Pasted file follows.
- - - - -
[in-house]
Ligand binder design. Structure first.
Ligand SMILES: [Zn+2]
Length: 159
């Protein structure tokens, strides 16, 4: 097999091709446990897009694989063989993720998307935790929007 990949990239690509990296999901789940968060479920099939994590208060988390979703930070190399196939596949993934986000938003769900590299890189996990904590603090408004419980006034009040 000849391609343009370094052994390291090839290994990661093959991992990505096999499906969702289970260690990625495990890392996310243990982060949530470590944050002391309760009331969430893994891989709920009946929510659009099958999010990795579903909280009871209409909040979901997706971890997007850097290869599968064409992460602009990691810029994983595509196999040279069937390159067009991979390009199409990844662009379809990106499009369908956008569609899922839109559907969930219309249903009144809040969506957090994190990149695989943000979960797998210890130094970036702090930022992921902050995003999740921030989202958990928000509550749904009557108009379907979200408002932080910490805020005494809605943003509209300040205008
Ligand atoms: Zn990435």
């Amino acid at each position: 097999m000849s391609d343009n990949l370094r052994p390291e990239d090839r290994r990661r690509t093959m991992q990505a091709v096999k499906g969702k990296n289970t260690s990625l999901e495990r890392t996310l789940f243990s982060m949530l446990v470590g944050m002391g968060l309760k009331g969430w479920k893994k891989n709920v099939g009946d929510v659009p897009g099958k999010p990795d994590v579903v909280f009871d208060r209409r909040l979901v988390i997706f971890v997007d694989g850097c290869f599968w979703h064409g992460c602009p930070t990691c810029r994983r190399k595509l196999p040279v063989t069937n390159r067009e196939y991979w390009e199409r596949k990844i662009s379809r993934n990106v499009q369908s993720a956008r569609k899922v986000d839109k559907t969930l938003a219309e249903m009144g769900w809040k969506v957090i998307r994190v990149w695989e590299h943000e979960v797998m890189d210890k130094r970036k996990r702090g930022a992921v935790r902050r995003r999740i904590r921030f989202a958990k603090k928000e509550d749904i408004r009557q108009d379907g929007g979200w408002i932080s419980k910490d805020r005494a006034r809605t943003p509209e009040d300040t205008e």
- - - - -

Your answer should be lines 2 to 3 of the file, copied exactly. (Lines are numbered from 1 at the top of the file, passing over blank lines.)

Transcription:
Ligand binder design. Structure first.
Ligand SMILES: [Zn+2]